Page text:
Clément Ader 1841-1925
In 1890, a man named Clement Ader, from Muret, a town just south of Toulouse, with training as an engineer, decided to make a machine with a motor, that would fly. He called his new invention an “avion”, from the Latin word for Bird and named his first prototype Eole, after the Greek god of wind. He built a structure with wings and a motor, that was heavier than air, a first in the attempts over the centuries, to put humans in the air with something heavier than air itself.
Clever and up to date on all new inventions, he amassed a fortune creating new devices for sound. Among his inventions are the first delta-planes, and then, eventually, he created the Eole, equiped with a steam engine.
The first of his attempts to put a machine in the air (even for several seconds) is noted as 1890, and thereafter he became known as the engineer who wanted to fly. A lot of his designs and inventions were given to or sold to the military but he never really made what we now call an airplane. He is the most important precursor.with an understanding of the mechanics required to move something with mechanics in space.
Pierre-George Latécoère: The man who made flying an industry 1883-1943
Latécoère was born in Bagneres de Bigorre, in the mountains south of Toulouse. A brilliant student, he actually studied law, but grew up in a family that had a prosperous enterprise that was first a lumber and mechanics factory. He headed up his family company and moved a part of it to Toulouse. The factory began to make wheels and mobile parts for tramways and train companies. When WW I broke out, his factory supplied artillery and various pieces for the war. His work became more and more sophisticated and his company supplied parts to the new aircraft that were entering the war. After 1916, when the need for both defensive and offensive aircrafts became evident (the Germans were well in advance in using balloons, and other devices) the Latécoère factories in Toulouse, began to supply pieces for the very simple but “new” aircraft.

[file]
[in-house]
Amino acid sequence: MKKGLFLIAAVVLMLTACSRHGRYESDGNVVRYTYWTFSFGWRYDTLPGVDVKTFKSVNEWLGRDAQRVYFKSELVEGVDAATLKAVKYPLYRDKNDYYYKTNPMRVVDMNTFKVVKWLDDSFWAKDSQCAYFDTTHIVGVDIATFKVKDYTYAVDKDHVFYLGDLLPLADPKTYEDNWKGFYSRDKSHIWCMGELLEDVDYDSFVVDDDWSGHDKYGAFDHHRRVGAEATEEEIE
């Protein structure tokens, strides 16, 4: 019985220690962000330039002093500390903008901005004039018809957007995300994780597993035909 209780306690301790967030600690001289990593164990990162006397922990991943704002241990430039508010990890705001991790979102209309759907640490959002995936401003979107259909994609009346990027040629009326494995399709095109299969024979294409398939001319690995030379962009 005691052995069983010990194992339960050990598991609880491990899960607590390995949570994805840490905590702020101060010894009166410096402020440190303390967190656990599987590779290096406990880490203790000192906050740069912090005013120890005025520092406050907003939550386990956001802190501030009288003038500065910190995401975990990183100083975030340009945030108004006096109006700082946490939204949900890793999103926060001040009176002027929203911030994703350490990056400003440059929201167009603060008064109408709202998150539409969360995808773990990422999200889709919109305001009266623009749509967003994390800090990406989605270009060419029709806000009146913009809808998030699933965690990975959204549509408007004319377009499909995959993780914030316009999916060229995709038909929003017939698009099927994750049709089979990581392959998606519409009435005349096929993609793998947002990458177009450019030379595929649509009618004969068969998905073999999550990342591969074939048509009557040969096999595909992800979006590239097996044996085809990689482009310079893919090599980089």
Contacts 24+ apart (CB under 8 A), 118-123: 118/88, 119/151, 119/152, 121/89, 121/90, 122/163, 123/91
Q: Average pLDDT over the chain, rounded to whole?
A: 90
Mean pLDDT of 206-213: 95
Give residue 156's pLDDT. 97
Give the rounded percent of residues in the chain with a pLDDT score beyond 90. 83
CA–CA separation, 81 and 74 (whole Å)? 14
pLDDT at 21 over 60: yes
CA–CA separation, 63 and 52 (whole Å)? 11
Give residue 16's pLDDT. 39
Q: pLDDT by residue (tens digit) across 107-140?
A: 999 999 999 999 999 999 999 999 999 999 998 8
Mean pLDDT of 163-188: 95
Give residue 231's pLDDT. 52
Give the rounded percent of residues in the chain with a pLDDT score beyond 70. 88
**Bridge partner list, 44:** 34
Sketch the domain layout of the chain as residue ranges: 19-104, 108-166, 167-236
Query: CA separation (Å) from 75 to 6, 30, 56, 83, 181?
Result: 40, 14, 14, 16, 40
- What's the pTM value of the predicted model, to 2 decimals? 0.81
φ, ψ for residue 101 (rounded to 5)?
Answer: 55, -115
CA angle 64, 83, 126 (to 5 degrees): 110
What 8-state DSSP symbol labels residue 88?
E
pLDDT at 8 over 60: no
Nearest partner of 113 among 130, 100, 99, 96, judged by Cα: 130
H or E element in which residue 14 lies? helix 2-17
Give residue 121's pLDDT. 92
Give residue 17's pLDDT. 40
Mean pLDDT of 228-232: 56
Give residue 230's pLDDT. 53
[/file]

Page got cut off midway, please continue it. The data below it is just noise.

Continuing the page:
Toulouse, with its open fields, large spaces to create factories, and being very far from the fighting, was considered the ideal place to set up factories for armements and for the new “flying machines”. And since the creators of these factories were from the region, all the more reason to establish the aeronautic industry here.
Once WW I ended, Latécoère realized that there would soon be a need for civilian aircraft and was convinced that the future was in the air. The aeronautic industry was really launched in 1917. He create the first commercial company, LAL in 1919 with flights from Toulouse to Barcelona
Emile Dewoitine: The creator of fighter planes
Dewoitine had been an engineer working for Latécoère. In 1920 he left the company and created his own, Avions Dewoitine, making the first fighter planes specifically designed for chasing and for war. He set his company up in the center of Toulouse.
So, immediately after WWI, the first two aviaton companies, one making commercial aircraft, the other, military aircraft, were both created and prospered in Toulouse.
Why did the aeronautic industry stay in Toulouse?
Thanks to Latécoère, who was a visionary, the first commercial use of airplanes developed, here in Toulouse. But what really made a difference was his visionary idea of aircraft traveling the world. The first test pilots and daredevils worked for him, when he created a company called Aeropostale.